We haven't seen that since. We've gone back to the jaded attitude, the tired concept of "if it bleeds, it leads."

Perhaps if we all pick one soul to remember today, we can remember that as news people it's acceptable to be human.


Friday, September 10, 2010

Memo to General Managers: the most important asset of any television station is its staff

A while back I was talking to a new client who told me I could watch some of her stories on the station's website. Upon visiting said website, I started looking for the news staff bios, to learn a little more about the person I was talking to and see the face that went with the voice.

"I can't find you," I said.

"Oh, our station doesn't put our pictures or bios on the website."

Huh? If ever the cluegun needed to be fired, this was the time.

Since that call I've noted more than a few stations have this policy. Apparently this conversation goes on between general managers and webmasters when launching a website:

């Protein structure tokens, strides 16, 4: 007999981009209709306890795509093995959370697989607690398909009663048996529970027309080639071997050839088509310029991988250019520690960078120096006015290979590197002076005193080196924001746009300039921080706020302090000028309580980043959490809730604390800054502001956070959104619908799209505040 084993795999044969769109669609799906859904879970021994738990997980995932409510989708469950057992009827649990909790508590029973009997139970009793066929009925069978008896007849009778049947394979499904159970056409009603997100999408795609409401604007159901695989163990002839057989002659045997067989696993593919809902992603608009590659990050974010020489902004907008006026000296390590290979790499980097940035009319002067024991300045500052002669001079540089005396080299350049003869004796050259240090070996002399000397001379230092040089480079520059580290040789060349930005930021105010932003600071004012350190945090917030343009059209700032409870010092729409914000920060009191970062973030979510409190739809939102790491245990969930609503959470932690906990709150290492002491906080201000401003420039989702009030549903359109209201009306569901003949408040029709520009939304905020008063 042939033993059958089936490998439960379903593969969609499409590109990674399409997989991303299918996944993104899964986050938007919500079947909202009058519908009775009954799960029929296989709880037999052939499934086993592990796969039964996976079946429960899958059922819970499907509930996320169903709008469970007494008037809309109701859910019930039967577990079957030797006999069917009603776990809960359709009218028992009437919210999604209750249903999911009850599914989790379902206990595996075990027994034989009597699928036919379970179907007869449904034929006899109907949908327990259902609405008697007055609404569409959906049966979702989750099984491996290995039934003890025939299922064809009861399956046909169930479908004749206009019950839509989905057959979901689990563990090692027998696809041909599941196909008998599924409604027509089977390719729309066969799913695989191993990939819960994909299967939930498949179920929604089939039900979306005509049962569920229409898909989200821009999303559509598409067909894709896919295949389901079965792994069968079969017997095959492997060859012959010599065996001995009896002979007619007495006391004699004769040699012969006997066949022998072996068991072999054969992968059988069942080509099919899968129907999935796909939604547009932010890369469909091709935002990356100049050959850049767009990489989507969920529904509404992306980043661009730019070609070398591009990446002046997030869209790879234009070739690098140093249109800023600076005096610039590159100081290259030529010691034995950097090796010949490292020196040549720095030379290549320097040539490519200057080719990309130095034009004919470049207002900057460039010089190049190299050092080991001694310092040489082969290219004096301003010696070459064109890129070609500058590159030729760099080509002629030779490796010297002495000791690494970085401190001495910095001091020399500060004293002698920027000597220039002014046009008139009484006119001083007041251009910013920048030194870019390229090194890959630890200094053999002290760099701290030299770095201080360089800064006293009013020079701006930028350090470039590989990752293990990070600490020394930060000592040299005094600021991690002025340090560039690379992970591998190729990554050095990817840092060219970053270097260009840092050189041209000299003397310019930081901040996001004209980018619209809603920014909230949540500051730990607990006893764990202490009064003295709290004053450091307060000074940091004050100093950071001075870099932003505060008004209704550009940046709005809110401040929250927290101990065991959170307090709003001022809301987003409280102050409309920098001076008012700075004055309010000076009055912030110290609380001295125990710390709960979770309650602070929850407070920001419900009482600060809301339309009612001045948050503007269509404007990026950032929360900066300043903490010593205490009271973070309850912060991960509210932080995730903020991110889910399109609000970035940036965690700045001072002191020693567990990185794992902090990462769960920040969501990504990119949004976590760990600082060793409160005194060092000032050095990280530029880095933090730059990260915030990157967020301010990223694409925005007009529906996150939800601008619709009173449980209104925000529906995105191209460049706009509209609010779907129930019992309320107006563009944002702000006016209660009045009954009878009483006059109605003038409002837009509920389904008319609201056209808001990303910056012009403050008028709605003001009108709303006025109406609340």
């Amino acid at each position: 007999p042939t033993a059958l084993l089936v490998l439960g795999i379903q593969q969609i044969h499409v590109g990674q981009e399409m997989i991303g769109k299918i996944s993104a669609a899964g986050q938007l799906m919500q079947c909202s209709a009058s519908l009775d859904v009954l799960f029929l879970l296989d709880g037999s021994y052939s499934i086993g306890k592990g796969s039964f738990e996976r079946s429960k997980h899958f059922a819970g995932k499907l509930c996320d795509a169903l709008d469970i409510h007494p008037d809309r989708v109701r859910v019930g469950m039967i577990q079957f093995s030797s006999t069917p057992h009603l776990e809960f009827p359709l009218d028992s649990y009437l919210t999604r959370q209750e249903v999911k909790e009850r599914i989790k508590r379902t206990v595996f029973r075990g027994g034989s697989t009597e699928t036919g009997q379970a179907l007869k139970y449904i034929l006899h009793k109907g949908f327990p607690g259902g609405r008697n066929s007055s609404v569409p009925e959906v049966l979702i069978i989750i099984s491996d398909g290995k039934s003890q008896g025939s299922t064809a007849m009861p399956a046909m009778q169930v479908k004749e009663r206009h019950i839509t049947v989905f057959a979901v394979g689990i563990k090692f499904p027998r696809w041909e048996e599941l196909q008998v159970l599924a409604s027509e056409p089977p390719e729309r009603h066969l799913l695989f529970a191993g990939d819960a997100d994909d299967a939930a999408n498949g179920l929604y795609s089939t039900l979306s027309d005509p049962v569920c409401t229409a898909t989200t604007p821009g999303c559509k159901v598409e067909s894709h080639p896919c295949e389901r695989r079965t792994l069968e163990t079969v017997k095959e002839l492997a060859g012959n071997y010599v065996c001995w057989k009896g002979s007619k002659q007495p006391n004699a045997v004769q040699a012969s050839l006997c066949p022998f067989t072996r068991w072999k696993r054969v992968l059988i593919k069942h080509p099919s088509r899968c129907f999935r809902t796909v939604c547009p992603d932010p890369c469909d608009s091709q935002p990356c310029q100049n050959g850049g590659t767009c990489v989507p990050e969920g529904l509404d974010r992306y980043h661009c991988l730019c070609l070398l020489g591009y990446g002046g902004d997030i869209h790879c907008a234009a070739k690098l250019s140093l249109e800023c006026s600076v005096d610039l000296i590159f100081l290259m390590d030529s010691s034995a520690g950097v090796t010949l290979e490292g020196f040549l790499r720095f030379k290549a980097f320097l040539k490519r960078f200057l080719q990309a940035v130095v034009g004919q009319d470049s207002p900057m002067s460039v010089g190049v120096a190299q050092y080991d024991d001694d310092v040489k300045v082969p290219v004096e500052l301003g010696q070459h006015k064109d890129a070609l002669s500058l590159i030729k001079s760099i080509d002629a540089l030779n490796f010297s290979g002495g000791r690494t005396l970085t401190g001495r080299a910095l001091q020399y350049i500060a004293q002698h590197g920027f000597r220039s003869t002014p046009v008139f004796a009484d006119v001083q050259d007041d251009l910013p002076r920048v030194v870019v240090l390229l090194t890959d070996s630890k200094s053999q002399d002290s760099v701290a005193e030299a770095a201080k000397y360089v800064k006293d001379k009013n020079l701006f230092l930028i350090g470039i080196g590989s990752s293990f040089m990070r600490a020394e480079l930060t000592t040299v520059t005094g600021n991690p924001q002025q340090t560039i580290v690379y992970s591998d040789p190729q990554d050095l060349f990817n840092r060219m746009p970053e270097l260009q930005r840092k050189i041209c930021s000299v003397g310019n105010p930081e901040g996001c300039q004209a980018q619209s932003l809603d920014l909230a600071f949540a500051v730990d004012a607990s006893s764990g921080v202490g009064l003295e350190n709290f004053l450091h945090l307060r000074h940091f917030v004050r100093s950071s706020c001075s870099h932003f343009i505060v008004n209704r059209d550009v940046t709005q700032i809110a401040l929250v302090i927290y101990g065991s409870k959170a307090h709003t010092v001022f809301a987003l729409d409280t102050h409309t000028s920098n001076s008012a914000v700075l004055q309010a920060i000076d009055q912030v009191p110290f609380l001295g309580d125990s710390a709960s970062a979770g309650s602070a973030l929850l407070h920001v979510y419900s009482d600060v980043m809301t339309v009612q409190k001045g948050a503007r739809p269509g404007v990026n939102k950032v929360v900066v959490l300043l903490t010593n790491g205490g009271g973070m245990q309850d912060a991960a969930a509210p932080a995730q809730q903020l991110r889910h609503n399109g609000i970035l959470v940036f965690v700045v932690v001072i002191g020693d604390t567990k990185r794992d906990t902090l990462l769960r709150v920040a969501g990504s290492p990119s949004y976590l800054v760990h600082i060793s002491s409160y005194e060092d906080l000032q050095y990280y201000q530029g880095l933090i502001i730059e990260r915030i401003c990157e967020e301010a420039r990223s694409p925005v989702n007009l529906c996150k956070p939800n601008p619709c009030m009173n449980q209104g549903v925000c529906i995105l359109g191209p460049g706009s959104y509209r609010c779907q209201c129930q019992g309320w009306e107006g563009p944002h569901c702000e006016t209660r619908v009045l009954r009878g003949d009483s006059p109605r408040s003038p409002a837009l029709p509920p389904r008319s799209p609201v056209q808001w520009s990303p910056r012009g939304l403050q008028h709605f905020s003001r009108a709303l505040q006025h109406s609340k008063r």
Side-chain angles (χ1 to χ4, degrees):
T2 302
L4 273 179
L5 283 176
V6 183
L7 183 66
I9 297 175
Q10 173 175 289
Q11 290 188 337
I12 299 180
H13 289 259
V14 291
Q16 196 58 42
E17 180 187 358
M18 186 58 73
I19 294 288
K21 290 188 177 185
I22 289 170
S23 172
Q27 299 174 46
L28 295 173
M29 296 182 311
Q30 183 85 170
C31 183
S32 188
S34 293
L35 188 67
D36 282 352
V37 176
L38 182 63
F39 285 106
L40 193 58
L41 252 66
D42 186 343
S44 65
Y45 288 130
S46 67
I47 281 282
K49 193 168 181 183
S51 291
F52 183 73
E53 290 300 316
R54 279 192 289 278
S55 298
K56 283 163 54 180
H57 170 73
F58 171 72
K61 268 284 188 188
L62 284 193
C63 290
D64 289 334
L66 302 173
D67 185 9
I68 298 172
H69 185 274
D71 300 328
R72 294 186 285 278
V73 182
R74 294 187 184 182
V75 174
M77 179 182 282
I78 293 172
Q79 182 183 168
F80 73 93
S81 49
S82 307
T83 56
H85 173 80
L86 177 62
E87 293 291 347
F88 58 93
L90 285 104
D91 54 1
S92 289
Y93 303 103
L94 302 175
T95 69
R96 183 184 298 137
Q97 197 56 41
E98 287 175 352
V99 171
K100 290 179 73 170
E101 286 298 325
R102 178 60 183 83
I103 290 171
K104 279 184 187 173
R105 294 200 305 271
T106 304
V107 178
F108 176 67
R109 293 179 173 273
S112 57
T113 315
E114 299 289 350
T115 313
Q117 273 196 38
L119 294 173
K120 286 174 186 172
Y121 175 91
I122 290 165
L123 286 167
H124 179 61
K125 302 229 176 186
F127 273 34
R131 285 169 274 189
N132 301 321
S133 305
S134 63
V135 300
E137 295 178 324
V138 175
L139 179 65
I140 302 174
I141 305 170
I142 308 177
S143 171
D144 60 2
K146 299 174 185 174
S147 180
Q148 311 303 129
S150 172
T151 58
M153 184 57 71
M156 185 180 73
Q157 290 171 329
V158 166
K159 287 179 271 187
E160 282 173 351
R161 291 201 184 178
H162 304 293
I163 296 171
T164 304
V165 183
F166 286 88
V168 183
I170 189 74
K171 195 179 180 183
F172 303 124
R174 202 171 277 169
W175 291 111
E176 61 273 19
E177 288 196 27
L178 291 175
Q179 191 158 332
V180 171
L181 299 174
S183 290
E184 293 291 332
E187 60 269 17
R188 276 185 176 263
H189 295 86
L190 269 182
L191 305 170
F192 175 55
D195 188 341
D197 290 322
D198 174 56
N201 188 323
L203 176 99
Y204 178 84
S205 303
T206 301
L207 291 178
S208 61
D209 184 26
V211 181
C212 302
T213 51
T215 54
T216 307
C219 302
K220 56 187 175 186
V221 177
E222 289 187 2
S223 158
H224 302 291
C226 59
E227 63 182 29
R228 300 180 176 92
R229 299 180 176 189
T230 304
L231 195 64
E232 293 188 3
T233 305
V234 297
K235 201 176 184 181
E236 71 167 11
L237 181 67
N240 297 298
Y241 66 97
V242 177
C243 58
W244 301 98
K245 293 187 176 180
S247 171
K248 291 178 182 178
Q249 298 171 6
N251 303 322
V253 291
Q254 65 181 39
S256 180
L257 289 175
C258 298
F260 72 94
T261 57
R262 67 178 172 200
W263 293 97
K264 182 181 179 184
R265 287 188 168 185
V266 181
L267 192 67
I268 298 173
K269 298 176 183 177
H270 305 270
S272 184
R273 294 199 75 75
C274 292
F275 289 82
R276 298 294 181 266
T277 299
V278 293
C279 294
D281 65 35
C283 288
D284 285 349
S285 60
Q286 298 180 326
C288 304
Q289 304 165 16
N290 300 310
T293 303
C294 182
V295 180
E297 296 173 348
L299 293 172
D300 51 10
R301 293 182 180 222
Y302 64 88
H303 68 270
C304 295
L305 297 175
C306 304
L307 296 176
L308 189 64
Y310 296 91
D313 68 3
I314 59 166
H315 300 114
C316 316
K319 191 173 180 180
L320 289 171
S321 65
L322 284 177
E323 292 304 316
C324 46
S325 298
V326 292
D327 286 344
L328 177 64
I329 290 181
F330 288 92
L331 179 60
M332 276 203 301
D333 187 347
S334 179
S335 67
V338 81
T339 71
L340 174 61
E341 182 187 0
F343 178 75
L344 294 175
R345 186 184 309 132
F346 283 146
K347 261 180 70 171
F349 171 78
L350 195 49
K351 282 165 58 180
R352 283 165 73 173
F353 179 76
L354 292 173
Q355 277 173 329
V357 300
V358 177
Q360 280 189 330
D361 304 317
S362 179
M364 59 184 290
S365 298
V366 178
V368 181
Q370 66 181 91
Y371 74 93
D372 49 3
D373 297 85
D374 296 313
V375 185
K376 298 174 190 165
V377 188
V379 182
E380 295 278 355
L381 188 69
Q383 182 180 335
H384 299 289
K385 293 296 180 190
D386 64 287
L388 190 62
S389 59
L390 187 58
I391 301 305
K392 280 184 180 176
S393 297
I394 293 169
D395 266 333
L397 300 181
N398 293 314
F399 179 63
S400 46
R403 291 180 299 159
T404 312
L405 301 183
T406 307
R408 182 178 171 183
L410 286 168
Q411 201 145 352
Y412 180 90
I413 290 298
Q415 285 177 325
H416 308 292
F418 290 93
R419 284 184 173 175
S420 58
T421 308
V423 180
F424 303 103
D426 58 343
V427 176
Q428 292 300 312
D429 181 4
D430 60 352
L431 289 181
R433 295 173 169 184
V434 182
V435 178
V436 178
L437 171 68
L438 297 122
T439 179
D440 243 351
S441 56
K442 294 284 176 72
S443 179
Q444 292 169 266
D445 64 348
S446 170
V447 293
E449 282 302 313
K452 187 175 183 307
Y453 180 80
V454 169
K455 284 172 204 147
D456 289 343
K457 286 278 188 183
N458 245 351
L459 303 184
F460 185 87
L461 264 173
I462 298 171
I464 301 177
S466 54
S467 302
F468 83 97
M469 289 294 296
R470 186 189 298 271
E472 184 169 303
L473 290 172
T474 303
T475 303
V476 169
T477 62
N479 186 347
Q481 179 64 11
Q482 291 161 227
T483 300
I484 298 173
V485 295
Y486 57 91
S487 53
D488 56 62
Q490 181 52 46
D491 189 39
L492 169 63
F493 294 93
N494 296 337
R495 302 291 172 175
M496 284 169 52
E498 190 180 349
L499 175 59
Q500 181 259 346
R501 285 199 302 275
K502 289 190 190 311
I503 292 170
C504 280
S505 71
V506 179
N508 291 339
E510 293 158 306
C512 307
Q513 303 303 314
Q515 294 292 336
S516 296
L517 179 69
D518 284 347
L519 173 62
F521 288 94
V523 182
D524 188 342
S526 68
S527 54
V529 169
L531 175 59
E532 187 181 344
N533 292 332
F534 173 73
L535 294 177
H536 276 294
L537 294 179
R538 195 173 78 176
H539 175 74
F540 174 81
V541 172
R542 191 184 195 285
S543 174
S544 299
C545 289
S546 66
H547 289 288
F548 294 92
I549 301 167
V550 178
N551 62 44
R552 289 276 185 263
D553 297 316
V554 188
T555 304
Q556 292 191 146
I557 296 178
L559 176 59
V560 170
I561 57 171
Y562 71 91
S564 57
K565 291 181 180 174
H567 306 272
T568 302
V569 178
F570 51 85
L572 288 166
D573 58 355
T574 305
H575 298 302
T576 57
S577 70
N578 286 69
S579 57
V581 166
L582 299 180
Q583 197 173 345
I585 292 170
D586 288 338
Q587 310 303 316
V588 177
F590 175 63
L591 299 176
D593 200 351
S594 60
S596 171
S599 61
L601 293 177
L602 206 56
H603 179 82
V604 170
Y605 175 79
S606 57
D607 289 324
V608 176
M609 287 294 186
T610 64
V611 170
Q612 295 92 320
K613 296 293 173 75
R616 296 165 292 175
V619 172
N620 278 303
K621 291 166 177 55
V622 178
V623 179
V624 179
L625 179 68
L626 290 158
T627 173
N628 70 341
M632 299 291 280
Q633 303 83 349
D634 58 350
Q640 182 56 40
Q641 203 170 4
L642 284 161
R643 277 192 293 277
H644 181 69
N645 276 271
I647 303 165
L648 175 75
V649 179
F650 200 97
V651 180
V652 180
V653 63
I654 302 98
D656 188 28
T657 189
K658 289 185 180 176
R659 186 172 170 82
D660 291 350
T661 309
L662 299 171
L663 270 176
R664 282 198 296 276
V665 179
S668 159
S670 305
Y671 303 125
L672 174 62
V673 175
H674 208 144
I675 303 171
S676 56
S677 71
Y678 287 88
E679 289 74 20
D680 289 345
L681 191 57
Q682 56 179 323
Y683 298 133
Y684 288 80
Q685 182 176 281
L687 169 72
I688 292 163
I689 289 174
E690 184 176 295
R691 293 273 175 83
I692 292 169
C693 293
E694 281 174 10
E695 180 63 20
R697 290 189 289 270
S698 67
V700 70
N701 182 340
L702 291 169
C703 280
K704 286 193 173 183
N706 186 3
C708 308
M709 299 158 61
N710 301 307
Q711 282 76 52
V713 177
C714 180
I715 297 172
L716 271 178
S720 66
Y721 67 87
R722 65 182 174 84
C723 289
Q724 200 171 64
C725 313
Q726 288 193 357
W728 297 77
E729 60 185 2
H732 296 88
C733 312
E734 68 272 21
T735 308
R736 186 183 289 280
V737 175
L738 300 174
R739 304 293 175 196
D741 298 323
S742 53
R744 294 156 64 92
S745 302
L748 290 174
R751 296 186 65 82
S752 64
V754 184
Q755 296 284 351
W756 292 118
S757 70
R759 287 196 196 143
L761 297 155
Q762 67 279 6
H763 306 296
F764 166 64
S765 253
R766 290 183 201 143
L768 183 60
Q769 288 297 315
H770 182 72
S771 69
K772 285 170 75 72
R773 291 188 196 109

Webmaster: "I'll need photos of all the on air staff for the bios."

GM: "Ah, but we're not going to put those on the website. I want no information about our people anywhere! Nothing!"

Webmaster: "But viewers want to get to know the people they watch--"

GM: "Then keep 'em guessing! No photos, no bios, nothing! Hey, they'll spend lots of time looking for the on-air staff and that will give us more page views! Maybe you could create some sort of infinite search loop so that they think they're getting close to finding what they want!"

We've heard about "branding" for years now, and it's time some managers realized that people are the brand. Sure, you may have catchy slogans and a slick logo, but the main reason viewers tune in to watch a newscast is because they like and trust the people on it. Hello, McFly! Your anchors and reporters are the "face" of your station, whether you beancounters want to admit it or not.

On the other side of the coin are the stations who have bios on the behind-the-scenes people; the photogs, producers, and all members of the news staff. That's not only cool, it builds morale. It tells those who are not on camera that they're just as important as those in front of it.

Not putting your people on the website is like a restaurant running a TV ad without showing the food.

Thursday, September 9, 2010

Stats that blew my mind